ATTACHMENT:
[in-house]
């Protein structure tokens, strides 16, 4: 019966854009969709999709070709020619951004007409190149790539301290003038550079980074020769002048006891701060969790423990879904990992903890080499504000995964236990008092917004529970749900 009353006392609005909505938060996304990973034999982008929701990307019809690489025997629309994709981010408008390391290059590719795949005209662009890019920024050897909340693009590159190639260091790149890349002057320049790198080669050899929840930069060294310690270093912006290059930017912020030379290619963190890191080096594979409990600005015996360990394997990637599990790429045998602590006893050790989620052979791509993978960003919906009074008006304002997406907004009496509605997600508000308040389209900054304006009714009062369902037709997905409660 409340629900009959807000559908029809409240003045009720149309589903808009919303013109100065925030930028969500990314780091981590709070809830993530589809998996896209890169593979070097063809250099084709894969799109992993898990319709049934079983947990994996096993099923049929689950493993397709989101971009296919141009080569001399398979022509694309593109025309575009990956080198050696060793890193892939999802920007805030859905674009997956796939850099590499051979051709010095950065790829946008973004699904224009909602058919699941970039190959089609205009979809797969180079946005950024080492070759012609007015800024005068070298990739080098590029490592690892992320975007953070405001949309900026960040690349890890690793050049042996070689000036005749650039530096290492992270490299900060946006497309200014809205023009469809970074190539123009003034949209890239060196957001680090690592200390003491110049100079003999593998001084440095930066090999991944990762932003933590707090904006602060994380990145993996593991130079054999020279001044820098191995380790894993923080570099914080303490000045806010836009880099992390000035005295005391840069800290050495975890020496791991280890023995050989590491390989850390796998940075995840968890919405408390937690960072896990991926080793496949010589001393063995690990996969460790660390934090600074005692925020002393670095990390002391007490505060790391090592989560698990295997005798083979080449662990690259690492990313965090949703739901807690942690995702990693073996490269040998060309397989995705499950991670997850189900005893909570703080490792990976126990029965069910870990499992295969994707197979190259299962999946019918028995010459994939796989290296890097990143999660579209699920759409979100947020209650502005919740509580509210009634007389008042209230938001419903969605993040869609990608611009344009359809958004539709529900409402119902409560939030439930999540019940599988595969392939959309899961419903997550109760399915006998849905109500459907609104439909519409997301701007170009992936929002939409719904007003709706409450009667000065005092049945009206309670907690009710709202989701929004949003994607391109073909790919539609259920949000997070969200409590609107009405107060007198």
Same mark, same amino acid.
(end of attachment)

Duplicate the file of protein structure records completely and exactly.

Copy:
[in-house]
């Protein structure tokens, strides 16, 4: 019966854009969709999709070709020619951004007409190149790539301290003038550079980074020769002048006891701060969790423990879904990992903890080499504000995964236990008092917004529970749900 009353006392609005909505938060996304990973034999982008929701990307019809690489025997629309994709981010408008390391290059590719795949005209662009890019920024050897909340693009590159190639260091790149890349002057320049790198080669050899929840930069060294310690270093912006290059930017912020030379290619963190890191080096594979409990600005015996360990394997990637599990790429045998602590006893050790989620052979791509993978960003919906009074008006304002997406907004009496509605997600508000308040389209900054304006009714009062369902037709997905409660 409340629900009959807000559908029809409240003045009720149309589903808009919303013109100065925030930028969500990314780091981590709070809830993530589809998996896209890169593979070097063809250099084709894969799109992993898990319709049934079983947990994996096993099923049929689950493993397709989101971009296919141009080569001399398979022509694309593109025309575009990956080198050696060793890193892939999802920007805030859905674009997956796939850099590499051979051709010095950065790829946008973004699904224009909602058919699941970039190959089609205009979809797969180079946005950024080492070759012609007015800024005068070298990739080098590029490592690892992320975007953070405001949309900026960040690349890890690793050049042996070689000036005749650039530096290492992270490299900060946006497309200014809205023009469809970074190539123009003034949209890239060196957001680090690592200390003491110049100079003999593998001084440095930066090999991944990762932003933590707090904006602060994380990145993996593991130079054999020279001044820098191995380790894993923080570099914080303490000045806010836009880099992390000035005295005391840069800290050495975890020496791991280890023995050989590491390989850390796998940075995840968890919405408390937690960072896990991926080793496949010589001393063995690990996969460790660390934090600074005692925020002393670095990390002391007490505060790391090592989560698990295997005798083979080449662990690259690492990313965090949703739901807690942690995702990693073996490269040998060309397989995705499950991670997850189900005893909570703080490792990976126990029965069910870990499992295969994707197979190259299962999946019918028995010459994939796989290296890097990143999660579209699920759409979100947020209650502005919740509580509210009634007389008042209230938001419903969605993040869609990608611009344009359809958004539709529900409402119902409560939030439930999540019940599988595969392939959309899961419903997550109760399915006998849905109500459907609104439909519409997301701007170009992936929002939409719904007003709706409450009667000065005092049945009206309670907690009710709202989701929004949003994607391109073909790919539609259920949000997070969200409590609107009405107060007198």
Same mark, same amino acid.